Phishing – a deceptive Internet practice to acquire sensitive details as usernames, passwords and credit card details by pretending to trustworthy entity via electronic communication such as E-mail.
Phishing is not new, it’s been around for ages BUT unfortunately there are many who know not how to detect phishing.
Today, I’ll be providing a few pointers on how you could easily identify PHISHING. While my examples will be using E-mail phishing, the logic applies to other form of PHISHING as well, even those like from SMS.
Here’s an E-mail that I received recently……….
What Did You Register With Them With?
Yes, KNOW what did you register with.
For example, I got this PHISHING E-mail in one of my E-mails accounts. The E-mail claims to be from our local bank’s online service website – Maybank2u.com
The first give-away in that PHISHING mail, was recipient address. I was dead sure I did not register that particular E-mail address for the bank’s online service. 🙂 So clearly these guys were spamming based on their E-mail database and hoping I’m one of the victim.
*I personally put the bulk of the blame on the idiots who put my E-mail under TO and CC instead of BCC for mass E-mailing purpose.*
So remember, if you’re receiving such notices on your E-mail or anywhere else that you didn’t register with a particular entity – then clearly something’s amiss.
Take Note Of The Link
In E-mail based PHISHING, it always comes with a LINK. That link will lead you to a website that will in most cases, look exactly like the actual website of the entity they claim to be.
So imagine if you entered your username and password – then it’s information in their hands already. 🙁 Another way to avoid such terrible plight is to take note of the URL (address) of the link provided. Just mouse over the link on your E-mail (whether it’s web-based or not) and it usually will show you where the link is going to bring you.
Here’s what it looked like on my Thunderbird E-mail application.
If you can’t find any indicator of where the link goes to, just click it. Don’t worry because PHISING sites usually don’t contain those nasty scripts as those malicious scripts usually trigger a response from anti-virus or browsers and it certainly would arouse your suspicion.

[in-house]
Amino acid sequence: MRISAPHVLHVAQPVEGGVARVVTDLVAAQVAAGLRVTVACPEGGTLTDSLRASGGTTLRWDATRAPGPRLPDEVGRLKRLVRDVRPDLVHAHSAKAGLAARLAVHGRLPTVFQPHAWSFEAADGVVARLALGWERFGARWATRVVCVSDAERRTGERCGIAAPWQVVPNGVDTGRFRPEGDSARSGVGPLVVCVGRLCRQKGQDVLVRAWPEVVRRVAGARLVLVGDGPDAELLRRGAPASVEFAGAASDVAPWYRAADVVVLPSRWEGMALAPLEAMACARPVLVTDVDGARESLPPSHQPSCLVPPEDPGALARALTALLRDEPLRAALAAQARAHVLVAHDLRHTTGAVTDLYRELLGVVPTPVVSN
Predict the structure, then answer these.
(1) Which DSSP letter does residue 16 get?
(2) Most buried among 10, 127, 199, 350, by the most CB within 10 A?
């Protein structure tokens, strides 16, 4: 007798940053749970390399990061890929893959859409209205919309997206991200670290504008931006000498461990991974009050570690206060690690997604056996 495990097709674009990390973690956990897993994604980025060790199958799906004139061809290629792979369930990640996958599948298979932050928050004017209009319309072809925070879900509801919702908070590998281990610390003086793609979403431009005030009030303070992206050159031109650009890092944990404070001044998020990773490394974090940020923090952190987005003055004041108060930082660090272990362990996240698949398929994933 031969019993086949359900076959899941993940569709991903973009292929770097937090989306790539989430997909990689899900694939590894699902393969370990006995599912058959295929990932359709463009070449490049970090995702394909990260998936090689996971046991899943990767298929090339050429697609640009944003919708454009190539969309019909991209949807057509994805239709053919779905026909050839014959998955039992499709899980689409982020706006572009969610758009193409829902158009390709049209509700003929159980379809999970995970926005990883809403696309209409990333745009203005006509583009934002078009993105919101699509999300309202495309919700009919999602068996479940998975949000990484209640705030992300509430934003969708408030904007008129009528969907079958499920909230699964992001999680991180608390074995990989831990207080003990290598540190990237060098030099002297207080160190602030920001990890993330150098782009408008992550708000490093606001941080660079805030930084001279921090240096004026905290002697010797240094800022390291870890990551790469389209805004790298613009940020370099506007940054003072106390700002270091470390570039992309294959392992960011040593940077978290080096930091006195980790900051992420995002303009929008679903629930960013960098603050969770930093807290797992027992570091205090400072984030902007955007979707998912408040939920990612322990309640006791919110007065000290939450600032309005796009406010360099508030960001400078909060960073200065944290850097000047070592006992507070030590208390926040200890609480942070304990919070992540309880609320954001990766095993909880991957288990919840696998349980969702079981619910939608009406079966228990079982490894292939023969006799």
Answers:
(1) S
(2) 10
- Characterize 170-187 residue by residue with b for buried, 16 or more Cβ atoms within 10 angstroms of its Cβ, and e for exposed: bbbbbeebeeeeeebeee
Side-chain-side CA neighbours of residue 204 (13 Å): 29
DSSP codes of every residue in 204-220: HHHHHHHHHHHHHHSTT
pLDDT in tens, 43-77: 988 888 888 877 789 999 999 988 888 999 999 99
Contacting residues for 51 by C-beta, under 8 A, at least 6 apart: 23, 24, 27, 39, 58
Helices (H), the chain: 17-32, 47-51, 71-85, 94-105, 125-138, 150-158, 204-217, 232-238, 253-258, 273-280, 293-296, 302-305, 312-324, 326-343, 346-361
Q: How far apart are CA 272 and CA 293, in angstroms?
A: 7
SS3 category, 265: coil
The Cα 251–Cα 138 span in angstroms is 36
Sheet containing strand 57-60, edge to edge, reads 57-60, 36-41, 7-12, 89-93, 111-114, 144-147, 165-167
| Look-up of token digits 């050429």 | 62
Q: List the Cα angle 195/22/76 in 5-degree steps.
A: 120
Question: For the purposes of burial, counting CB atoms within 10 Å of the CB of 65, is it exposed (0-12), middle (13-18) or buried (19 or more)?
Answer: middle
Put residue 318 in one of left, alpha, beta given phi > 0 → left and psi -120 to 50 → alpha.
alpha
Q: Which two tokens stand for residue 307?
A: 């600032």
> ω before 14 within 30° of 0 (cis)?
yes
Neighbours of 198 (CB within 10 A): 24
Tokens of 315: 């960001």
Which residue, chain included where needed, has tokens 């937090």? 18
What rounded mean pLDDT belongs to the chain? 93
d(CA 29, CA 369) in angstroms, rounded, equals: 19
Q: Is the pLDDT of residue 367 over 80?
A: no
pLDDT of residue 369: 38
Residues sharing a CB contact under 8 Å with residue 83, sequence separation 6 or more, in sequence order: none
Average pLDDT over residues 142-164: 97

Now once you click on the link, you’ll be brought to the site. Look at the URL, especially the front portion right after the HTTP:// or HTTPS://. As long as it doesn’t look like the usual URL that you visit for your online transactions – AVOID it.
A tech-savvy person like myself would identify it without a problem but a less savvy person on the other hand could have a chance of mis-identifying, thinking that it’s a legitimate site. For example, maybank2u.com could be written as mayban2ku.com and get away with it. Some go to the extent to put subdomains that confuse or adds assurance to users, such as maybank2u.securenetdata0001.com (this URL is entirely fictional!).
Know The Source
Some PHISHING E-mails aren’t that cleverly done, their sender E-mail address gives away their identity immediately. On the other hand, there are others who are more detailed and send from what looked like a legitimate sender.
It’s not something hard to do, anyone could just configure it in their E-mail application
Badly Done Content
If you refer to the same image above, notice how titled the E-mail. And take note also on how they address you as Dear XYZ Customer.
I’m not saying that they can’t but usually it’s a good sign of being phishing E-mails. Even if they don’t address you personally, it almost always comes appropriately titled.
Some Things They’ll Never Ask
Entities like banks will never ask you for sensitive information such as passwords. Some might as for username but they certainly won’t ask for both username and password. Others would just ask you verification questions based on the data available on their end.
If you do come by E-mails, calls or SMS that asking you too many details, especially sufficient details to log in to your account or at least request for changes to your account – it’s clearly a PHISHING in action.
The Logic Factor
In the E-mail above, you’ll notice how odd it is that they publicly announced that they were hit by DDoS attack (I’m not going to explain what is DDoS attack), E-mail was sent but nothing of such notice was stated on the website.
Furthermore DDoS attack is not HACKING, which doesn’t interfere with data. And to make it all the more funny, who on earth would give you 24 hour notice before suspension? It doesn’t even make sense, because 24 hours and not accounting the time difference between mail sent and mail read does make it ridiculously MISSION : IMPOSSIBLE.
With a little bit of knowledge to help you with some logical thinking, you could sniff out additional pointers that discredits the E-mail further.
Repeated E-mails, Changing Content
Yes, sometimes they repeat.
So it’s a dead give-away. First they say it’s 24 hours to take action, then they send another mail like 48 hours later. And with a different link too! A really clear give-away.
Contact The Entity Involved
The safest best for anyone who isn’t savvy enough to do all the above – MAKE A PHONE CALL. Yes, call the entity and ask about the received E-mail. Just make sure that the number you called is the OFFICIAL number.
Share Your Experience
Did you think I miss out something? Please share, I’m sure it’ll be beneficial to everyone who read this article.